There’s a joke doing the rounds on Facebook that says: “The best thing about being 40 is that you did all your stupid stuff before the invention of social media”.
It’s probably worded better than that - wittier and all - but there is a great deal of truth in it. While I’m not 40 yet (I will cling on to the remaining three years of my 30s with my increasingly old woman-like claws) I did have the chance to be a teenager, and a woman in her early twenties, perhaps drinking too much and acting the eejit without fear of being tagged on Facebook the following day.
The same cannot be said for today’s generation of young people. One step out of place and your face (or worse) will go viral before you can say hashtag.
No more so has this been evident than in the last few days - when the issue of Slane Girl (as I fear she will always be known) has become a major talking point.
For those who have not heard of Slane Girl - the whole episode is a sorry, and frankly, disturbing a tale. A teenager - just turned 17 - went to a gig by rapper Eminem at Slane Castle at the weekend. We can surmise she was under the influence of something - but we don’t know. What we do know is that the girl in question was pictured performing a sex act - publicly - on two different men.
The picture was then posted online and quickly circulated. At one stage the topic of #slanegirl was trending worldwide on Twitter.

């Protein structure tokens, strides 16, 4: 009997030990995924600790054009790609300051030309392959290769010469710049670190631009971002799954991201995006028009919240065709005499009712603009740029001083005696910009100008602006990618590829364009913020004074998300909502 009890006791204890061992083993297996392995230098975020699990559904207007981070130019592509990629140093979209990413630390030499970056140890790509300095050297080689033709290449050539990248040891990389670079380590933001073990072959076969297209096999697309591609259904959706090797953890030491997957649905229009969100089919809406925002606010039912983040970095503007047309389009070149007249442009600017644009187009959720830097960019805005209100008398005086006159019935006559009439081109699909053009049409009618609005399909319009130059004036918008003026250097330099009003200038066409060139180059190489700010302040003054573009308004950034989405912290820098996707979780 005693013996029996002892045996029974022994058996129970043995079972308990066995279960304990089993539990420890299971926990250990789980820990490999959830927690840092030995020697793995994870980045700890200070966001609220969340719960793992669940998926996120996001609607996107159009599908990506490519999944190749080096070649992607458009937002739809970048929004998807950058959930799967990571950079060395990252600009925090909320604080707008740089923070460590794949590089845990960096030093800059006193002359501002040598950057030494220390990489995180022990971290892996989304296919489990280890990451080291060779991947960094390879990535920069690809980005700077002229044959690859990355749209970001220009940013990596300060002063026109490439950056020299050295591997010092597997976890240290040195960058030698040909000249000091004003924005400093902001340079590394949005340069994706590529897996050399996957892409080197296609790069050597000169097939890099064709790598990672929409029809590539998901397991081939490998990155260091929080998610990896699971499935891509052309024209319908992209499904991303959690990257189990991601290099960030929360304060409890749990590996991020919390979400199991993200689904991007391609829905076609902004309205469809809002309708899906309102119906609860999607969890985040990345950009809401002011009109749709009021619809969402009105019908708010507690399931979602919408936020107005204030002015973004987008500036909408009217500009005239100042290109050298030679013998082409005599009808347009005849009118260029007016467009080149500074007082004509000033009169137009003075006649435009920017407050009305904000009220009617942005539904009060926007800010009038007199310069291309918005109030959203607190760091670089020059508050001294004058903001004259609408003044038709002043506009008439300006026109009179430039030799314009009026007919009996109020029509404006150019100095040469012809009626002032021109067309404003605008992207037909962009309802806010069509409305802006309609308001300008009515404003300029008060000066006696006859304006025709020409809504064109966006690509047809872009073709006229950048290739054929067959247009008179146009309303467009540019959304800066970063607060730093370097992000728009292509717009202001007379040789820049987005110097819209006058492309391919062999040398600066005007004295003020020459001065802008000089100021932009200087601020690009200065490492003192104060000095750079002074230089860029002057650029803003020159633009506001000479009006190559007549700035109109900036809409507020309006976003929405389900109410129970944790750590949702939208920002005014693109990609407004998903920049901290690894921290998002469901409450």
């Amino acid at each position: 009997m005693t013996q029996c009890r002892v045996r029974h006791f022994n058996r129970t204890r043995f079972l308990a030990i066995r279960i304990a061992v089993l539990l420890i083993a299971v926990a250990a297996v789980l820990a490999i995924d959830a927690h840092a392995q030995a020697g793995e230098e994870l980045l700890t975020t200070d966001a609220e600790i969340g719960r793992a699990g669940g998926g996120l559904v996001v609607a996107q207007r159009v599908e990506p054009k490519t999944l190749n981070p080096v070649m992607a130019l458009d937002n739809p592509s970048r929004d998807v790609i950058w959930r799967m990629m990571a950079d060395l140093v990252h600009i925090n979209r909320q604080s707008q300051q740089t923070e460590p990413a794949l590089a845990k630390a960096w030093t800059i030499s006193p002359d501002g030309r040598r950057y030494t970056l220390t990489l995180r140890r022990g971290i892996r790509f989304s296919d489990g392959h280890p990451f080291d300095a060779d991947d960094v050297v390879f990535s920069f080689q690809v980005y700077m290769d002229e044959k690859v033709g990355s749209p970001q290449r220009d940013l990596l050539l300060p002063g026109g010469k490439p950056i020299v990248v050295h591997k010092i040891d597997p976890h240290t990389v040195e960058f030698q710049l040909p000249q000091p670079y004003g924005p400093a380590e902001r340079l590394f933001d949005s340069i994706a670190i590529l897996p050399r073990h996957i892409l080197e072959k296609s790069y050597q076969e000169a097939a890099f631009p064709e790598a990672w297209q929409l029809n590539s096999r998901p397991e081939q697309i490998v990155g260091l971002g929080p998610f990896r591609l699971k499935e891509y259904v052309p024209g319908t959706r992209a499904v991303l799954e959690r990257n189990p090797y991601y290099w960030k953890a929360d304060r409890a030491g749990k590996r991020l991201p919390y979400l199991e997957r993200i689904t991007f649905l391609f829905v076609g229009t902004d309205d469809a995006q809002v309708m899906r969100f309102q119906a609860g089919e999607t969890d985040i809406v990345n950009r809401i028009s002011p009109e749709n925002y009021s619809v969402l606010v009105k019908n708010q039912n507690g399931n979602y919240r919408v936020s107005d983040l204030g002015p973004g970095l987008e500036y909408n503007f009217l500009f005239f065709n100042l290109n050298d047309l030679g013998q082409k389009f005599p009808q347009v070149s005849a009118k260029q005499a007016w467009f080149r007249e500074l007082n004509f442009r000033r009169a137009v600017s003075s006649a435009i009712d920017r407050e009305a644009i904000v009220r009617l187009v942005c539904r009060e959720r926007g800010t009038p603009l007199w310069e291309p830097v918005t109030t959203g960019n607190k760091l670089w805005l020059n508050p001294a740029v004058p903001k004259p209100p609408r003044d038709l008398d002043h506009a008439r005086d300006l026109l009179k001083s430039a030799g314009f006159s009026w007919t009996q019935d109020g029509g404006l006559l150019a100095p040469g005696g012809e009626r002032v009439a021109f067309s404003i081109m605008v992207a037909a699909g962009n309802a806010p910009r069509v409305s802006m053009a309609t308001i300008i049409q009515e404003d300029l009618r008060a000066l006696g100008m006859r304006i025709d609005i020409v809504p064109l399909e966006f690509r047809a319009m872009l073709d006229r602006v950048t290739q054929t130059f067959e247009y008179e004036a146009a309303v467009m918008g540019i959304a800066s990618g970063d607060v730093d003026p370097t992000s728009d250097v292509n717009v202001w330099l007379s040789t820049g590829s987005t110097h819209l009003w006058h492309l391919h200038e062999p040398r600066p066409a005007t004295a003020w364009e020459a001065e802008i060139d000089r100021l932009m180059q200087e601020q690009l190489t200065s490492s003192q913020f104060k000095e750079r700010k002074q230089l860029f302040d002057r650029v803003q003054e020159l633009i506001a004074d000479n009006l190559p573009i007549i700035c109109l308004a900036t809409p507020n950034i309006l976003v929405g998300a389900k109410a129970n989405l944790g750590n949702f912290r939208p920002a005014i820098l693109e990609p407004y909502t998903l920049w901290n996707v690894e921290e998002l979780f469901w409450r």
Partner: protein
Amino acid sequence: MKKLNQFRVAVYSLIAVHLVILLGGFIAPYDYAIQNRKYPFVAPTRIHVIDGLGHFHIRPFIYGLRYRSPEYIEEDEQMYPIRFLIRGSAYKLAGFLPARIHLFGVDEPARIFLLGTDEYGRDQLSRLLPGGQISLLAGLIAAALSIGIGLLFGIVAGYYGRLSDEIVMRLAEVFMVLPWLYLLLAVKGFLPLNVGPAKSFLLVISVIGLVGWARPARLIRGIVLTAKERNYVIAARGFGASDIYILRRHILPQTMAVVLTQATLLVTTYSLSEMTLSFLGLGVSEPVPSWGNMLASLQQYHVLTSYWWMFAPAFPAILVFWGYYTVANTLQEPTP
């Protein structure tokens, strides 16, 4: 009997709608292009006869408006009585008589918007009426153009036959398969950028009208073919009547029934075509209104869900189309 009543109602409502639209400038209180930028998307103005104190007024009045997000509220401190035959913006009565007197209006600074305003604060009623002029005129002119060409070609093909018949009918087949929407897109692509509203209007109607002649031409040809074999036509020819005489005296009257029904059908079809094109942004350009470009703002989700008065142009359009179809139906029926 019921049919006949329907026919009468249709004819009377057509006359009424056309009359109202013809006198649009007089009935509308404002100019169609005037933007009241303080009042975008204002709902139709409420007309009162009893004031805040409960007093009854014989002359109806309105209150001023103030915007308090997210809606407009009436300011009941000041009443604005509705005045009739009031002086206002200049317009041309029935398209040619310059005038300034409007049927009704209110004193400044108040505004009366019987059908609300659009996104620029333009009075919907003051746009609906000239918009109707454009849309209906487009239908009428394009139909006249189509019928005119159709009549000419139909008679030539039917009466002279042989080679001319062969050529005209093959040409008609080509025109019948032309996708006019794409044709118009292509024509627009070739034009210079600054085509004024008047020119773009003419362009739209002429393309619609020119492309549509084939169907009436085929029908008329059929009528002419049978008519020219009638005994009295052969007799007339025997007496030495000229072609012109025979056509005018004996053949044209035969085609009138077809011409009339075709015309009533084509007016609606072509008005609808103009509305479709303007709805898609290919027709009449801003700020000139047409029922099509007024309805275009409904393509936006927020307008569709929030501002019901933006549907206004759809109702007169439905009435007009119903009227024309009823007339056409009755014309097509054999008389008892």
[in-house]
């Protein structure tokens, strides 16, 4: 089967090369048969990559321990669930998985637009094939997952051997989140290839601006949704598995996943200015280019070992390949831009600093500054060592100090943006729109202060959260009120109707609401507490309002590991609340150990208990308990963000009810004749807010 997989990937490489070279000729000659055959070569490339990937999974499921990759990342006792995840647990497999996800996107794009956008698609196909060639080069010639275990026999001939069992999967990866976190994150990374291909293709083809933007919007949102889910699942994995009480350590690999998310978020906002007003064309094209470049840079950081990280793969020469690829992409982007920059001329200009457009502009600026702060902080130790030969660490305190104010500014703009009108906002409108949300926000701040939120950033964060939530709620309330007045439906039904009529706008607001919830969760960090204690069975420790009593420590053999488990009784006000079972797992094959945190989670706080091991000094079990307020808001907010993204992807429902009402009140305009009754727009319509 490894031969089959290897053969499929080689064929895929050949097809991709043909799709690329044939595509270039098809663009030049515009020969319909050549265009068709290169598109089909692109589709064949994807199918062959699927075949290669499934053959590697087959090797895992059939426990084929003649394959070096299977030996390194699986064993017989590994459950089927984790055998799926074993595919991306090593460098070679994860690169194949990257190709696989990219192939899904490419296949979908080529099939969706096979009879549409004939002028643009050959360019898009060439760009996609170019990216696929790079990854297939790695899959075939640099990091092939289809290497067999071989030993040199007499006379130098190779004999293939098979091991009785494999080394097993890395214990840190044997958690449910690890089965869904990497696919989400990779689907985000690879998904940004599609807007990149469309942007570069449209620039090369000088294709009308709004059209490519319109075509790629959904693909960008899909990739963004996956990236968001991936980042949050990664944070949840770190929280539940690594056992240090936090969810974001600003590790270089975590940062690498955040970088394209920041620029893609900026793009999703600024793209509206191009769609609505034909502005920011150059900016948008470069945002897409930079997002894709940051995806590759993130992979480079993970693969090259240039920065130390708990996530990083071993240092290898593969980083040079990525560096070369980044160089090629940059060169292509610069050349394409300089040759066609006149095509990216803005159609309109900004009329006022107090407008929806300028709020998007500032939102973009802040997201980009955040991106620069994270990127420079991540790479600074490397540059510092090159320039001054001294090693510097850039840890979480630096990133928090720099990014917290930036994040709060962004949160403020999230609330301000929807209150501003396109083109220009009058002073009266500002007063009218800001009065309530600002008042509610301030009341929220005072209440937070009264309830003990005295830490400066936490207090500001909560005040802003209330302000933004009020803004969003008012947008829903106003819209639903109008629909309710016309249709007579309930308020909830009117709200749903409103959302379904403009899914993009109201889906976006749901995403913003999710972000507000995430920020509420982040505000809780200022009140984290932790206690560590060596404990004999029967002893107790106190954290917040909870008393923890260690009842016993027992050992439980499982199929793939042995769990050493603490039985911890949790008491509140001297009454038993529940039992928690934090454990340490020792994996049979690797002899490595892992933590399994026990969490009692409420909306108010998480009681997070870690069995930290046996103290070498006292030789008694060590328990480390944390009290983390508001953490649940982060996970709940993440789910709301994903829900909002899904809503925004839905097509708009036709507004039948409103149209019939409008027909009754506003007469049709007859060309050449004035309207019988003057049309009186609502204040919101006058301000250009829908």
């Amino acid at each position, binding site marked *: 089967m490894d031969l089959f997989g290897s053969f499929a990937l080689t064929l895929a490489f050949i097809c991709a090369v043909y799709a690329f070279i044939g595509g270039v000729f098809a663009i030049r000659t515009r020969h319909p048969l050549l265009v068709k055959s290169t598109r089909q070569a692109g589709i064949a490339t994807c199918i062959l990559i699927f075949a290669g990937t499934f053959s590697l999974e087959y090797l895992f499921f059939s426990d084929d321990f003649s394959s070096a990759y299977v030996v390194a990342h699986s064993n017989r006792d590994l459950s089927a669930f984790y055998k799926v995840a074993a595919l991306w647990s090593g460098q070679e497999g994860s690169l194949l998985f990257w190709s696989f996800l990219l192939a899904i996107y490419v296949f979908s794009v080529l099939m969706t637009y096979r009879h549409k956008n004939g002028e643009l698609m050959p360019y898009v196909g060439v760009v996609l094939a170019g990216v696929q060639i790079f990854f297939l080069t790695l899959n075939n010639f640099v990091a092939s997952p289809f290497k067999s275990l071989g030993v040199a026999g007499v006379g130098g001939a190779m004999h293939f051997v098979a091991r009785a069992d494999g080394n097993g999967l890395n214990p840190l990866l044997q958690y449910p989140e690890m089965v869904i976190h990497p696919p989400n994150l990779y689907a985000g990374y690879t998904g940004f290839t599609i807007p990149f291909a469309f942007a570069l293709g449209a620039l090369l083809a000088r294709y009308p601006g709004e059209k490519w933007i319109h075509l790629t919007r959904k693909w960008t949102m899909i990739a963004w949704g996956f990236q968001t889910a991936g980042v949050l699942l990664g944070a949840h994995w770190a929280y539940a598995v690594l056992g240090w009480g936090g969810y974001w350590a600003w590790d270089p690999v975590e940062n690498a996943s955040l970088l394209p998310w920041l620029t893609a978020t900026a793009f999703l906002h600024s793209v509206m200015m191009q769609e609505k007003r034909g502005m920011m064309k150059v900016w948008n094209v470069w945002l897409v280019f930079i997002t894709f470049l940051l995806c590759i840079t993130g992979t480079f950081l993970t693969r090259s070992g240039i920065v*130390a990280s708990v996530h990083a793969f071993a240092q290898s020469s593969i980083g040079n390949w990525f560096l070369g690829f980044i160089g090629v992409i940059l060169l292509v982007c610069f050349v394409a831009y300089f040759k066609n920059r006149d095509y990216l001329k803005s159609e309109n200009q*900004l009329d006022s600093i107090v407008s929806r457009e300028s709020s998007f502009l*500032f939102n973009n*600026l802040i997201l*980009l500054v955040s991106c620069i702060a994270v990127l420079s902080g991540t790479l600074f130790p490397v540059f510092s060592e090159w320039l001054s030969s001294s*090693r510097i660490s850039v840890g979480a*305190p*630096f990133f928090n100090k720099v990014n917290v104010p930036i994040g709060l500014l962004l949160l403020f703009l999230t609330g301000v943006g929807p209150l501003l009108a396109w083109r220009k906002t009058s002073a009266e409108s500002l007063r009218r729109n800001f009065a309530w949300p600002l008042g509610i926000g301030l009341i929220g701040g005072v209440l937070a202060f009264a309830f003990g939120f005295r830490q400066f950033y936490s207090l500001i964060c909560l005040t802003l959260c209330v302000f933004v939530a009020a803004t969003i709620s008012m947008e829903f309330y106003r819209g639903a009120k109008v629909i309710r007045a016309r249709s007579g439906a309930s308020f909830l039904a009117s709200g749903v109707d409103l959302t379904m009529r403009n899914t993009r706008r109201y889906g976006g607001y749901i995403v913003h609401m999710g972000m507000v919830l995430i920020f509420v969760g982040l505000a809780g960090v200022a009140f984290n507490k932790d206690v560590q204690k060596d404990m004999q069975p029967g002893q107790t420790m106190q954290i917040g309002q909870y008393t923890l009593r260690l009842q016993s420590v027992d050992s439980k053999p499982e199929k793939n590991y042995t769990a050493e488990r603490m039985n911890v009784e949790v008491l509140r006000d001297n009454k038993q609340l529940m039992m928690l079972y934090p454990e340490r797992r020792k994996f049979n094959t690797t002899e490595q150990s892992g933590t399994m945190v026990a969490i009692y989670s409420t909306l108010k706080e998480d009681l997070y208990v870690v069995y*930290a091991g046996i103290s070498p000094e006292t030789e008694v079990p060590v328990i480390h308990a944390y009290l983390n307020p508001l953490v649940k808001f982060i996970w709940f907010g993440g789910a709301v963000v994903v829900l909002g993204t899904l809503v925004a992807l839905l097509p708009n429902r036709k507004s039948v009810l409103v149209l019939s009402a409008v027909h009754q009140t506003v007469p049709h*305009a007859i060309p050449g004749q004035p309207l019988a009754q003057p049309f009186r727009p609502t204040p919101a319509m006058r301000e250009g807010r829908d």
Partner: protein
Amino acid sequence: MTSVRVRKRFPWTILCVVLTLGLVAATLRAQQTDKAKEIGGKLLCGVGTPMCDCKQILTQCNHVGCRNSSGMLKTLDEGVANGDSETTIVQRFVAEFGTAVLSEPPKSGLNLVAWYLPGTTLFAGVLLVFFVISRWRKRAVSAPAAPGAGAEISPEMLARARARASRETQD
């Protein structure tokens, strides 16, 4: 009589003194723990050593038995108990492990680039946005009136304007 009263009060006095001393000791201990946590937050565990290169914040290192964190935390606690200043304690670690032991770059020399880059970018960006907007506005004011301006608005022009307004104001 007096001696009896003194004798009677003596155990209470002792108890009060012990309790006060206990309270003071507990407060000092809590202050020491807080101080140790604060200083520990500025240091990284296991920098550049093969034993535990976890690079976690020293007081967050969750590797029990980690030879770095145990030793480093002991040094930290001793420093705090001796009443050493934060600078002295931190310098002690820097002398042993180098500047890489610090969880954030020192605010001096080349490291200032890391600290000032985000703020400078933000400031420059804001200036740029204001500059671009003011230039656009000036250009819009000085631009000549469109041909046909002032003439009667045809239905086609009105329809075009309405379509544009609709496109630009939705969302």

There is so much about this which is disturbing, not least of course the fact that a young woman had so little respect for herself that she willingly carried out graphic sex acts in front of a large crowd. That said, we don’t know anything much about this girl, her background or what troubles she may have.
Social media users were quick to judge her. The men (one of whom stood, partially clothed, arms raised as if cheering himself) escaped largely unscathed. “Legends” they were called - while the 17 year-old was horribly branded. Double standards - alive and well in Ireland. Disrespect for women - alive and well around the world.
What worries me more is the person who took the picture and who shared the picture - for whom life has become so influenced by reality TV shows that they no longer appreciate the fact that the people in these pictures are real people, with real lives, who have to move on from this sorry episode.
We don’t all make such huge mistakes - but should social media really be judge and jury?